I've just uploaded a video of the gear I use for winter hillwalking. My first video like this. Took three attempts - frozen camera, inaudible audio, wind noise, all problems.
For the first time in a few years the snow has been deep enough for local skiing so I retrieved my oldest skis from the garage.
Leaving behind the magical forest described in my last post I started the climb up Meall a'Bhuachaille.
With a promise of sunshine and clear views I headed out intending to climb to the Cairngorm Plateau and revel in the snowy mountains.
Some days at this time of year I look out of the window at grey skies and a dark landscape and wonder if it's worth going for a walk. It always is.
Forty years ago a young hillwalker from Kent changed the way we treat walking boots forever. Until then the products available were designed to soften as well as waterproof leather.
The first touches of winter have gone from the hills. The air is warm. The forecast has been for stormy weather but with mild southerly winds.
Brit Lou Rudd has touched down on the ice to begin his ‘Spirit of Endurance’ expedition with the goal to be the first person to cross Antarctica solo
Matt Heason, Director of the Sheffield Adventure Film Festival, has announced plans to take the festival on the road over the winter for the first time in its 13-year history.
In March last year I visited Loch an Eilein in Rothiemurchus Forest in the Cairngorms and was appalled at some logging that was taking place.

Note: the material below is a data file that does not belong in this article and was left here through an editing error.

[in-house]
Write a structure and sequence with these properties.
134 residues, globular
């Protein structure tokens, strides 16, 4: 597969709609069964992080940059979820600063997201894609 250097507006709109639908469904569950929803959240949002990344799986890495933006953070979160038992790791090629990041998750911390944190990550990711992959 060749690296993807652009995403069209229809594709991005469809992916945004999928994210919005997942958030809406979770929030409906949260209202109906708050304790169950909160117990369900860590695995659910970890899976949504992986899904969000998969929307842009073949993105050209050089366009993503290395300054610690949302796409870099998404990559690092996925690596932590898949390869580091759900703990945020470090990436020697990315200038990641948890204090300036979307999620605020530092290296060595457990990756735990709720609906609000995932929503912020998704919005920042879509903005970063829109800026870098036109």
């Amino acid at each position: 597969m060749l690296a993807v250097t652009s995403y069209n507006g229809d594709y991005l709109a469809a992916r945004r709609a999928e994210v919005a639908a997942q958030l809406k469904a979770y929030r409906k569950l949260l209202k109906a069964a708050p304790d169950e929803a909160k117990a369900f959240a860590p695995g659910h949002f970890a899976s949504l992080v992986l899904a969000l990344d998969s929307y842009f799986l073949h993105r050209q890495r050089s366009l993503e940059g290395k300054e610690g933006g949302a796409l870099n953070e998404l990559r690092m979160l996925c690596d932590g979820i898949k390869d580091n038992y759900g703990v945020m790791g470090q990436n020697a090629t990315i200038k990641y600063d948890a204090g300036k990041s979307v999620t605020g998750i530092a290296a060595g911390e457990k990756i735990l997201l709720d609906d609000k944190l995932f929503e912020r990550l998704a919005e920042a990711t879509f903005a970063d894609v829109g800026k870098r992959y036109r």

My next book is due out soon. It tells the story of my Scottish Watershed walk and the various thoughts and feelings it engendered...
Second in the Classic Gear series that appeared in The Great Outdoors last year. This time, a revolutionary stove.
The hotly anticipated climbing film 'Dirtbag: The Legend of Fred Backey' is to be released to UK cinemas on Friday 10th August.
British army Captain Lou Rudd has announced plans to attempt an unsupported solo crossing of Antarctica, by the same route on which fellow Briton and friend Henry Worsley lost his life in 2016.
On the 8th February 1913 Australian geologist Douglas Mawson stumbled across a remote hut in the northern reaches of the Antarctic continent.
We all hope there’s a long career of hillwalking ahead of us, but one day of course we’ll all climb our last.